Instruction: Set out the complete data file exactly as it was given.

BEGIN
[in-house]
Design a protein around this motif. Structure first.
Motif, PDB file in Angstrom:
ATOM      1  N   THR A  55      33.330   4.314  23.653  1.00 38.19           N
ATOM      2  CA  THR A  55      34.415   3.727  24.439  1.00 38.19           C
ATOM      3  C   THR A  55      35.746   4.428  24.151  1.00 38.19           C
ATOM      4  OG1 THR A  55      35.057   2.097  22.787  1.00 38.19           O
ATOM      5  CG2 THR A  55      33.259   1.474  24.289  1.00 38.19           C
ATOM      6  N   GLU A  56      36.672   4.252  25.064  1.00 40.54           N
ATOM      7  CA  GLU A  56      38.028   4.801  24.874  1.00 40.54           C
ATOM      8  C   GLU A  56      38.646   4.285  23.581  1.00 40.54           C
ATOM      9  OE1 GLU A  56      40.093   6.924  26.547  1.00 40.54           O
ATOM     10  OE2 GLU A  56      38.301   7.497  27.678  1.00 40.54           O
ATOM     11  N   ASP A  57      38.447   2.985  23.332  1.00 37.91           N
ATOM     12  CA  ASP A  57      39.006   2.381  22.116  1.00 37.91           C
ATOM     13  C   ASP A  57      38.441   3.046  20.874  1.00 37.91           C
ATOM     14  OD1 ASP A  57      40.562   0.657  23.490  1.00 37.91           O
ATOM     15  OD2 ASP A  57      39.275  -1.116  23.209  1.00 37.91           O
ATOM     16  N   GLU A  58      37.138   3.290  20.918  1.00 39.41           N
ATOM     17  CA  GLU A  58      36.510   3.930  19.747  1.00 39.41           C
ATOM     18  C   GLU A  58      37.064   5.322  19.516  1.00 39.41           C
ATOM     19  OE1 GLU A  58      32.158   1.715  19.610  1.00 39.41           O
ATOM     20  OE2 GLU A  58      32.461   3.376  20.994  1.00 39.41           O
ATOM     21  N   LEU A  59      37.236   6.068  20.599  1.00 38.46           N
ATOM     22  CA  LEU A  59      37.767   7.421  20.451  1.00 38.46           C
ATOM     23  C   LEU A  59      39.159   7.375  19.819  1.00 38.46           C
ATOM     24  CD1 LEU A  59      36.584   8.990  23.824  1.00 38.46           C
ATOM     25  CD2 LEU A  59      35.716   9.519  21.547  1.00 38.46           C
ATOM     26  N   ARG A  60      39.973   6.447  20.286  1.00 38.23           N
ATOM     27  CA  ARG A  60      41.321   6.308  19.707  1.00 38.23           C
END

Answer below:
[in-house]
Design a protein around this motif. Structure first.
Motif, PDB file in Angstrom:
ATOM      1  N   THR A  55      33.330   4.314  23.653  1.00 38.19           N
ATOM      2  CA  THR A  55      34.415   3.727  24.439  1.00 38.19           C
ATOM      3  C   THR A  55      35.746   4.428  24.151  1.00 38.19           C
ATOM      4  OG1 THR A  55      35.057   2.097  22.787  1.00 38.19           O
ATOM      5  CG2 THR A  55      33.259   1.474  24.289  1.00 38.19           C
ATOM      6  N   GLU A  56      36.672   4.252  25.064  1.00 40.54           N
ATOM      7  CA  GLU A  56      38.028   4.801  24.874  1.00 40.54           C
ATOM      8  C   GLU A  56      38.646   4.285  23.581  1.00 40.54           C
ATOM      9  OE1 GLU A  56      40.093   6.924  26.547  1.00 40.54           O
ATOM     10  OE2 GLU A  56      38.301   7.497  27.678  1.00 40.54           O
ATOM     11  N   ASP A  57      38.447   2.985  23.332  1.00 37.91           N
ATOM     12  CA  ASP A  57      39.006   2.381  22.116  1.00 37.91           C
ATOM     13  C   ASP A  57      38.441   3.046  20.874  1.00 37.91           C
ATOM     14  OD1 ASP A  57      40.562   0.657  23.490  1.00 37.91           O
ATOM     15  OD2 ASP A  57      39.275  -1.116  23.209  1.00 37.91           O
ATOM     16  N   GLU A  58      37.138   3.290  20.918  1.00 39.41           N
ATOM     17  CA  GLU A  58      36.510   3.930  19.747  1.00 39.41           C
ATOM     18  C   GLU A  58      37.064   5.322  19.516  1.00 39.41           C
ATOM     19  OE1 GLU A  58      32.158   1.715  19.610  1.00 39.41           O
ATOM     20  OE2 GLU A  58      32.461   3.376  20.994  1.00 39.41           O
ATOM     21  N   LEU A  59      37.236   6.068  20.599  1.00 38.46           N
ATOM     22  CA  LEU A  59      37.767   7.421  20.451  1.00 38.46           C
ATOM     23  C   LEU A  59      39.159   7.375  19.819  1.00 38.46           C
ATOM     24  CD1 LEU A  59      36.584   8.990  23.824  1.00 38.46           C
ATOM     25  CD2 LEU A  59      35.716   9.519  21.547  1.00 38.46           C
ATOM     26  N   ARG A  60      39.973   6.447  20.286  1.00 38.23           N
ATOM     27  CA  ARG A  60      41.321   6.308  19.707  1.00 38.23           C